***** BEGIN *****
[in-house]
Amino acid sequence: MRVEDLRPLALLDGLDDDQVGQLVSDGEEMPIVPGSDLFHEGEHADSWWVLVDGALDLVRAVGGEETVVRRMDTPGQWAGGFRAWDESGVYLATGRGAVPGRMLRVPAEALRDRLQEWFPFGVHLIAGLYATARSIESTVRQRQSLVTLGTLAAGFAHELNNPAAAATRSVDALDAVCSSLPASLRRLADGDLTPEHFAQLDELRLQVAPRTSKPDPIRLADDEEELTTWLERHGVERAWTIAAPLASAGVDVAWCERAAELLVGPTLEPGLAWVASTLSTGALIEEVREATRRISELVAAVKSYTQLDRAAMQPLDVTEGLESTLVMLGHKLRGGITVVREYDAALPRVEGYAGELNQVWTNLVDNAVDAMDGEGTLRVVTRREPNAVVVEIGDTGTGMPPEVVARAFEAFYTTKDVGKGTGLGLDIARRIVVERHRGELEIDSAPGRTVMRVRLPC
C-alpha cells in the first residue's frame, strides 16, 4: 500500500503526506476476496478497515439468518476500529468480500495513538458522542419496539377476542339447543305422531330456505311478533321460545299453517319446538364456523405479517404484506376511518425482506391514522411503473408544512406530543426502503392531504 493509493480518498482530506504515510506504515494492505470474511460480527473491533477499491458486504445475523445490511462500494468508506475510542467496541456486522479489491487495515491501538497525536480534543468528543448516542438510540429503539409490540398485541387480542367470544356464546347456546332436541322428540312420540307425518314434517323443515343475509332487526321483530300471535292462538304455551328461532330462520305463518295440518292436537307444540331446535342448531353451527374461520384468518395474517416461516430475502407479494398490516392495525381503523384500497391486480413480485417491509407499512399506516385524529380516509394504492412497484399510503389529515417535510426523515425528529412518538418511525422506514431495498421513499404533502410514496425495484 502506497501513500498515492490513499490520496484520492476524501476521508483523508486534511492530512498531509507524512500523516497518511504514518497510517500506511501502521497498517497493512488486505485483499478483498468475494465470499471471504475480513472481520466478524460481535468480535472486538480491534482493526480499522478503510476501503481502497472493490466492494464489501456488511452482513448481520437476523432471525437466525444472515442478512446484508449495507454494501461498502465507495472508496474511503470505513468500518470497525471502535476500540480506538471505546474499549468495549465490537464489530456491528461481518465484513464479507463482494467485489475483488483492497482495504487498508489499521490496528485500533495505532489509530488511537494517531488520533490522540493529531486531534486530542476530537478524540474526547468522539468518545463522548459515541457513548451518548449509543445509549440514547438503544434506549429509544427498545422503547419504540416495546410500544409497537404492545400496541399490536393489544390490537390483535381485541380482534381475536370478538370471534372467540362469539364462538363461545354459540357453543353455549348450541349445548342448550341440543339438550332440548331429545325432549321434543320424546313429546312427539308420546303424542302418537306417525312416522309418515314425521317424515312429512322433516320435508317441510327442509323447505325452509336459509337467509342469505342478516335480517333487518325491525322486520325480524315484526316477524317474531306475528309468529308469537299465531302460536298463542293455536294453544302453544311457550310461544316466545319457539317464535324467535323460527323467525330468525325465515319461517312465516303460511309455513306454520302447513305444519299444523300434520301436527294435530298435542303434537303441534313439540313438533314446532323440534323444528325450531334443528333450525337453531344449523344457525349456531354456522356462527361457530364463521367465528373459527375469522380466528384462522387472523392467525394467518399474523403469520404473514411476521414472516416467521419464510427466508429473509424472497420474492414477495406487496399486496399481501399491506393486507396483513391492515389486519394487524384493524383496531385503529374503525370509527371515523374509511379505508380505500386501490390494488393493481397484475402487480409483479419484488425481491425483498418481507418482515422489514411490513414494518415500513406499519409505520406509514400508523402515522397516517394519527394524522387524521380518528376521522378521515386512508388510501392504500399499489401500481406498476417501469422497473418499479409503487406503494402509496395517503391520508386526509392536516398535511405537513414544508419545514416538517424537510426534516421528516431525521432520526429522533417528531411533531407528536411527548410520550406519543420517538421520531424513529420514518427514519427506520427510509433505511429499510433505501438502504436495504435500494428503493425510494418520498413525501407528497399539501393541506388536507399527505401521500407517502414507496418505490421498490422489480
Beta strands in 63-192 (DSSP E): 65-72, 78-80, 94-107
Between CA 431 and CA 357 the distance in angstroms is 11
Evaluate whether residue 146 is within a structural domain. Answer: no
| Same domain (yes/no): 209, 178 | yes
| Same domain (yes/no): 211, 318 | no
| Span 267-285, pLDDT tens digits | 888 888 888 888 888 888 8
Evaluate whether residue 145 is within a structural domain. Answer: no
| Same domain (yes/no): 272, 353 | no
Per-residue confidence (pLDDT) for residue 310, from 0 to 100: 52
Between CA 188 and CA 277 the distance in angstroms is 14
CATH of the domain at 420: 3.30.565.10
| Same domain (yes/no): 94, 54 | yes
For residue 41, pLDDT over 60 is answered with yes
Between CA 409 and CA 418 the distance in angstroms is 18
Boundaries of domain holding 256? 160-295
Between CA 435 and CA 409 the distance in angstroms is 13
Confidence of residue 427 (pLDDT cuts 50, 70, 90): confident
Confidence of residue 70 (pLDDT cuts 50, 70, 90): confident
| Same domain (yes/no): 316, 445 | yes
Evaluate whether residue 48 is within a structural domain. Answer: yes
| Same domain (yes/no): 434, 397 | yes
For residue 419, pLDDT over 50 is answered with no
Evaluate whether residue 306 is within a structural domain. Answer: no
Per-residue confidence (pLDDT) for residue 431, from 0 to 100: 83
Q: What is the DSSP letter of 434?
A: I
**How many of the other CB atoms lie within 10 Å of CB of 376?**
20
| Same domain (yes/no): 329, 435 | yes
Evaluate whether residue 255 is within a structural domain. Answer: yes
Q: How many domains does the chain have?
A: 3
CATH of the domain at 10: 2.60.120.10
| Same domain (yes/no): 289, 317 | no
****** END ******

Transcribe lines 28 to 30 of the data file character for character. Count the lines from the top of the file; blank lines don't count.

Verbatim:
Q: What is the DSSP letter of 434?
A: I
**How many of the other CB atoms lie within 10 Å of CB of 376?**